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 Gemini, Cinephile, Actressexual. Also loves cats. All material herein is written and copyrighted by him, unless otherwise noted. twitter | facebook | pinterest | tumblr | instagram | letterboxd | deviantart 


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Entries in Oscars (90s) (124)


Happy Birthday, Chloë Sevigny

Kieran, here. "It has recently come to our attention" that today is the birthday of one of the cinema's most peculiar, fascinating and gifted actresses. 

Isn't it time for Chloë to get another great film role? Especially since that 1999 Best Supporting Actress Oscar should be hers by rights? 


Spike Lee's Overlooked and Exuberant "Crooklyn"

TFE is celebrating the three Honorary Oscar winners this week. Here's Kieran discussing one of Spike Lee's warmest and most underappreciated films.

For better or worse, you can often feel a larger thesis statement, be it about race and/or American culture at large, running through much of Spike Lee’s work. His films also feel incredibly male in their perspective. Even his few films that foreground women (She’s Gotta Have It and Girl 6) feel enveloped by the male gaze, despite their many other virtues. These are just a couple of reasons why Lee’s semi-autobiographical slice-of-life dramedy Crooklyn feels like a bit of a curio.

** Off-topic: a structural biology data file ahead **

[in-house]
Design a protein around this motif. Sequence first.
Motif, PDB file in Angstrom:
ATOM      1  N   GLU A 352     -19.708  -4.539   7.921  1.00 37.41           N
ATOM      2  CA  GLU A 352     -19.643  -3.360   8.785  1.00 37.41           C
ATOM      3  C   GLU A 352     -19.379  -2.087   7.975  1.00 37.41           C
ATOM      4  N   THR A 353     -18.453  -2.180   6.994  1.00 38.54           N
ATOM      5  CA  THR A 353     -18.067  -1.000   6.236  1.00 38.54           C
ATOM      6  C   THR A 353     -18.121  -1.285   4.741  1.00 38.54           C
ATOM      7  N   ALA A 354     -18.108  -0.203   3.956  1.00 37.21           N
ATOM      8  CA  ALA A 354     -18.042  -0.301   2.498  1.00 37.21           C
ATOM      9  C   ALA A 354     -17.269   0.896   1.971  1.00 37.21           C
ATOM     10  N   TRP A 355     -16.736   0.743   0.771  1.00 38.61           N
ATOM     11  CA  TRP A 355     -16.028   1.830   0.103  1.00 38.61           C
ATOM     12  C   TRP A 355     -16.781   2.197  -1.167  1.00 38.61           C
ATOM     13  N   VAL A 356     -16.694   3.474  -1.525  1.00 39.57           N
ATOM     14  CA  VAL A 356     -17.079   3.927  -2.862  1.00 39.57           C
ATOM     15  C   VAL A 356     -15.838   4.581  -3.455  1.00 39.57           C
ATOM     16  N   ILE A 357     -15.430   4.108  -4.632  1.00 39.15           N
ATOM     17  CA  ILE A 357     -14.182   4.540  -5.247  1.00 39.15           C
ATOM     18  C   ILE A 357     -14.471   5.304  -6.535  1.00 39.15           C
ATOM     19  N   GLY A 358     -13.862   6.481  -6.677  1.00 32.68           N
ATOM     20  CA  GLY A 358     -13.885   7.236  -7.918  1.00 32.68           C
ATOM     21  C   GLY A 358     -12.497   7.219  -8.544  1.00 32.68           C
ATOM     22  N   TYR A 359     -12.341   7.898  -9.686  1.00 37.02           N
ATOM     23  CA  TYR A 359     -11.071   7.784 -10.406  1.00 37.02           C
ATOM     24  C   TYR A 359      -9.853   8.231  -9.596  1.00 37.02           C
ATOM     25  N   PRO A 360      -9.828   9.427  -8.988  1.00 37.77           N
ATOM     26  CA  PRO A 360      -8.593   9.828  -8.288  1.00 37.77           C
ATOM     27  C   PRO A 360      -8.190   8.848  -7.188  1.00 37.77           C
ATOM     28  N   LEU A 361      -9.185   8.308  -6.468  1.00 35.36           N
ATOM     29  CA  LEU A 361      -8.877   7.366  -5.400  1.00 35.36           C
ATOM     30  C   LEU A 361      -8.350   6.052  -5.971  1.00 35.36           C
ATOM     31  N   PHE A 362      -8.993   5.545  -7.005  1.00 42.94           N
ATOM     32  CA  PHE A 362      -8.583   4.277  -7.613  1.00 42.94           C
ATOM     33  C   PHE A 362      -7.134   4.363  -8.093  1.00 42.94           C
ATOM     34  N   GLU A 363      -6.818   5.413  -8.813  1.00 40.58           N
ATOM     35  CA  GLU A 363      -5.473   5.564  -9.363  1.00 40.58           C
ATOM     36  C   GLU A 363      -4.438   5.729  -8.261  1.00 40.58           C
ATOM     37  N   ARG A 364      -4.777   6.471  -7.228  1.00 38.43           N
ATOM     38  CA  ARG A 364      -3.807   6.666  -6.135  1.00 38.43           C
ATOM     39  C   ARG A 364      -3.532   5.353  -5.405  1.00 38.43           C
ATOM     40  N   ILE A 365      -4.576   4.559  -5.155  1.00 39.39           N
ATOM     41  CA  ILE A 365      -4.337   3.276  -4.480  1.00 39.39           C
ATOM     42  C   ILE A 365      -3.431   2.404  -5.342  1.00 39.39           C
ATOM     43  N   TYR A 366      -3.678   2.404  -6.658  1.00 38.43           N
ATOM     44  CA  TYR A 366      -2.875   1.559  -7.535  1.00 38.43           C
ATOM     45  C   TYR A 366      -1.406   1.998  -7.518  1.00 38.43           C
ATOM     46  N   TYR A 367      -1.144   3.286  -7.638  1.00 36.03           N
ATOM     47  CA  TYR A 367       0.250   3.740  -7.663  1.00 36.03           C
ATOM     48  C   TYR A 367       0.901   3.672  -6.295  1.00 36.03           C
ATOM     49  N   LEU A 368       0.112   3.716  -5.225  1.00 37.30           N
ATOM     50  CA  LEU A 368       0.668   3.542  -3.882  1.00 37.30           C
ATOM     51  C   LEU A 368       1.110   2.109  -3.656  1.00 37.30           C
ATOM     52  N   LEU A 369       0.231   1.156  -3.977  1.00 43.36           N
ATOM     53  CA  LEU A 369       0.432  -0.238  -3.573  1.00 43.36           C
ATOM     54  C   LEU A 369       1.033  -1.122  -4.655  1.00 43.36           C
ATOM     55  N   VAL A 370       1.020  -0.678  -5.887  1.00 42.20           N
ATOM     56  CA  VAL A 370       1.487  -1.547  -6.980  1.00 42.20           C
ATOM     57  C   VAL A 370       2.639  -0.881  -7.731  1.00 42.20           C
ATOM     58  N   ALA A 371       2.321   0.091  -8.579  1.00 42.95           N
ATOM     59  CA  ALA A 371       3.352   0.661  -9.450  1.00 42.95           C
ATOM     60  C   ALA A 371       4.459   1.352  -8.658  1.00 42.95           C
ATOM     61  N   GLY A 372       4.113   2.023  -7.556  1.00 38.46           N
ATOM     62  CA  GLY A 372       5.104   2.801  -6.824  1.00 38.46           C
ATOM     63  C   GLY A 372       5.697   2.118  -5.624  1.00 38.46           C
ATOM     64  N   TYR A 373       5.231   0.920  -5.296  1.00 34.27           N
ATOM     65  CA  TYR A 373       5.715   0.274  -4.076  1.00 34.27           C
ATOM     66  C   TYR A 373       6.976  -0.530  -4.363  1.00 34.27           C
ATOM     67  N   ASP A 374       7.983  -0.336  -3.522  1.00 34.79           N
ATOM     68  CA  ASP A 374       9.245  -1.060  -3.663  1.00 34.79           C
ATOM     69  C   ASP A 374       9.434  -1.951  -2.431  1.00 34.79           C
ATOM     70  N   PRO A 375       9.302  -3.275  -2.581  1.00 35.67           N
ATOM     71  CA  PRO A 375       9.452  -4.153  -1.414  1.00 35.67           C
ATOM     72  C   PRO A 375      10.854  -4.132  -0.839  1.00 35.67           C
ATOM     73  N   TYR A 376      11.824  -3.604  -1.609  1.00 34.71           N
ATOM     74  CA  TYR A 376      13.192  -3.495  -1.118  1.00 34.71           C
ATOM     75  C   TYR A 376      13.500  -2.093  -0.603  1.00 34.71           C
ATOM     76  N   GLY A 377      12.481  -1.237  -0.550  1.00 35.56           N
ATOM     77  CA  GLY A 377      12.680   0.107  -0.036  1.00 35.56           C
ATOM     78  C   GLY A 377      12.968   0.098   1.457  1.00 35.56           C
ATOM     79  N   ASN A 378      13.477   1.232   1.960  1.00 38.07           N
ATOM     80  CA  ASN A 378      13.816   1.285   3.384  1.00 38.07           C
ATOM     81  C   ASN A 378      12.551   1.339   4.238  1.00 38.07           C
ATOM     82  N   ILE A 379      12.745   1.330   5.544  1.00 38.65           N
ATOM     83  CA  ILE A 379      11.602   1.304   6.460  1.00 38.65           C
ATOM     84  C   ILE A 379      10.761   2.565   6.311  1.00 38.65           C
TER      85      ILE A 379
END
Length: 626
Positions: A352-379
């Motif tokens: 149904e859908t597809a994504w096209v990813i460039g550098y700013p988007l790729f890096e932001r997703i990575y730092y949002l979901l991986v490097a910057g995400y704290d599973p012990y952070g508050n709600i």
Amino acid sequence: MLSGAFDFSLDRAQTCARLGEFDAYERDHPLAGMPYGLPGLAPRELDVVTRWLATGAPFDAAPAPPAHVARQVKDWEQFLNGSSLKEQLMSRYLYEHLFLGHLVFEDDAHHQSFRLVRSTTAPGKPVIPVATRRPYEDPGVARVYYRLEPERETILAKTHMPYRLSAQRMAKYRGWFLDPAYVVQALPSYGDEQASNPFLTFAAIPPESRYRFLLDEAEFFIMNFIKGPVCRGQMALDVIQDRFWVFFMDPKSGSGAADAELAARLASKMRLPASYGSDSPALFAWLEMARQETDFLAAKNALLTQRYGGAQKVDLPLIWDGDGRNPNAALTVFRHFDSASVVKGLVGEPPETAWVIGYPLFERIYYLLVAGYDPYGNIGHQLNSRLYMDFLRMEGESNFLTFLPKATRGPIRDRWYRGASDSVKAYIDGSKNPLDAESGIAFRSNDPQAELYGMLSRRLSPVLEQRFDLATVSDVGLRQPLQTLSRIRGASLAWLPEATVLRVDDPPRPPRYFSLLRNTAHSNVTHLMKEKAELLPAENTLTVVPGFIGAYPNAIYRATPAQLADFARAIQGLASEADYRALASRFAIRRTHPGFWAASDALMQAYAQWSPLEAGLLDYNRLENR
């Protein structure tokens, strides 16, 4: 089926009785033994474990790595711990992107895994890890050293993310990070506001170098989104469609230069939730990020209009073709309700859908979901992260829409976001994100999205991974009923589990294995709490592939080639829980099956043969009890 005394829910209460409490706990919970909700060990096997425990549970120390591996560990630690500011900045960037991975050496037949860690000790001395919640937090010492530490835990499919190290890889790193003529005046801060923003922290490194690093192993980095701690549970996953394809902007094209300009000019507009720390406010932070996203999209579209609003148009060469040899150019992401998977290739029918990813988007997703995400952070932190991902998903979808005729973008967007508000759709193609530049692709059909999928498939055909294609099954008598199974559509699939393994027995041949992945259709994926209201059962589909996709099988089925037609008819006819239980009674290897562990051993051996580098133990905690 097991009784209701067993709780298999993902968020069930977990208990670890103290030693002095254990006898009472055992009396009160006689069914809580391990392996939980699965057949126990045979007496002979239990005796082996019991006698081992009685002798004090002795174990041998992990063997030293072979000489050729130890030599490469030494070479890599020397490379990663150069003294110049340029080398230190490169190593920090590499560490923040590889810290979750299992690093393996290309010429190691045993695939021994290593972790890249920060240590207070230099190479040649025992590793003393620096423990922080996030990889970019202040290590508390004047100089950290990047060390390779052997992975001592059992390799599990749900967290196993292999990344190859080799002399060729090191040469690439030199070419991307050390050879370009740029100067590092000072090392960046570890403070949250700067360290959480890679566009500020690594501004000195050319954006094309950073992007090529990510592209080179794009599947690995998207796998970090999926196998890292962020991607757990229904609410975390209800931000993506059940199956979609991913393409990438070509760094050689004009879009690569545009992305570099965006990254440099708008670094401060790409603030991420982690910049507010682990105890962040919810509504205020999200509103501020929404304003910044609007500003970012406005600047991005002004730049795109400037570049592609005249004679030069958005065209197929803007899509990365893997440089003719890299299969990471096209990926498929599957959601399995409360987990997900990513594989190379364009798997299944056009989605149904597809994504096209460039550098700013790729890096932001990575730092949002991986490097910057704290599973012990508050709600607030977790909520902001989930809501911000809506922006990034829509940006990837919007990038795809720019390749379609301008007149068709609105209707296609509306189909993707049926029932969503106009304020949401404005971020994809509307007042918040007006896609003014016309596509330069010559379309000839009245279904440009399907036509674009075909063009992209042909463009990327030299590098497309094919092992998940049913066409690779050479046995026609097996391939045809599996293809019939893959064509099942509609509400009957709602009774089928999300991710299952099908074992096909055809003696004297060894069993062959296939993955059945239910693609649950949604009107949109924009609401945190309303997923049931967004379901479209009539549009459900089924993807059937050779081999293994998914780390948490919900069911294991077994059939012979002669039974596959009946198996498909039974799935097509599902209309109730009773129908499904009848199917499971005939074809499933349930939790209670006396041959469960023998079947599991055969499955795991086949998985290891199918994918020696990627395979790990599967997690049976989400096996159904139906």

Crooklyn is set in the summer of 1973 in the Bedford-Stuyvesant neighborhood of Brooklyn, where Lee himself grew up. Nine-year-old Troy Carmichael (Zelda Harris) is the only girl in a brood that includes four rowdy brothers. Though often put-upon and teased, Troy is tough, clever, funny and every bit the daughter of her equally strong-willed mother, Carolyn (a radiant Alfre Woodard). More so than any other film Lee has directed, Crooklyn is wholly interested in the inner-life, motivations and perspective of its female characters. Even Woody (Delroy Lindo), the family patriarch and easily the most fleshed out male character in the joint still feels like an afterthought compared to how focused the narrative is on Troy and Carolyn. How Alfre Woodard's anchoring performance failed to garner any Oscar traction, especially when one looks at the outlet mall fire sale irregulars that were the Best Actress nominees of 1994 is confounding.